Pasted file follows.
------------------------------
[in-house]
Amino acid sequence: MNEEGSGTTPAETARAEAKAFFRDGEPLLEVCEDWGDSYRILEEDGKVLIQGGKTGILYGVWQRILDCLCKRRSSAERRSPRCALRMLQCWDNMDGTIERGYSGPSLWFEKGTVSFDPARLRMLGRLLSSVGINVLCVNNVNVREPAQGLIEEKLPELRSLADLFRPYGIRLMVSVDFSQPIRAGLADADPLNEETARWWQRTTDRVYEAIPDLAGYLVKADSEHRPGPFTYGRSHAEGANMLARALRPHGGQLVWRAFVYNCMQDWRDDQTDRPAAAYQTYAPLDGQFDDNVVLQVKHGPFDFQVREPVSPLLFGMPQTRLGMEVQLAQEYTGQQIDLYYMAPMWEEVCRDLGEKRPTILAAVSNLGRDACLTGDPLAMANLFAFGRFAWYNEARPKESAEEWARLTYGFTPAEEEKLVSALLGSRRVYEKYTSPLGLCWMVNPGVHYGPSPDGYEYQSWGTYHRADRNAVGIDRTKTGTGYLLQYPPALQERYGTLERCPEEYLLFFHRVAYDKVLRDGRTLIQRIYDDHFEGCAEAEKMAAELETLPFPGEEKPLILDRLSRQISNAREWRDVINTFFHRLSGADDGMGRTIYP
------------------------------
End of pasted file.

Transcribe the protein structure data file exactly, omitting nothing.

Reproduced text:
[in-house]
Amino acid sequence: MNEEGSGTTPAETARAEAKAFFRDGEPLLEVCEDWGDSYRILEEDGKVLIQGGKTGILYGVWQRILDCLCKRRSSAERRSPRCALRMLQCWDNMDGTIERGYSGPSLWFEKGTVSFDPARLRMLGRLLSSVGINVLCVNNVNVREPAQGLIEEKLPELRSLADLFRPYGIRLMVSVDFSQPIRAGLADADPLNEETARWWQRTTDRVYEAIPDLAGYLVKADSEHRPGPFTYGRSHAEGANMLARALRPHGGQLVWRAFVYNCMQDWRDDQTDRPAAAYQTYAPLDGQFDDNVVLQVKHGPFDFQVREPVSPLLFGMPQTRLGMEVQLAQEYTGQQIDLYYMAPMWEEVCRDLGEKRPTILAAVSNLGRDACLTGDPLAMANLFAFGRFAWYNEARPKESAEEWARLTYGFTPAEEEKLVSALLGSRRVYEKYTSPLGLCWMVNPGVHYGPSPDGYEYQSWGTYHRADRNAVGIDRTKTGTGYLLQYPPALQERYGTLERCPEEYLLFFHRVAYDKVLRDGRTLIQRIYDDHFEGCAEAEKMAAELETLPFPGEEKPLILDRLSRQISNAREWRDVINTFFHRLSGADDGMGRTIYP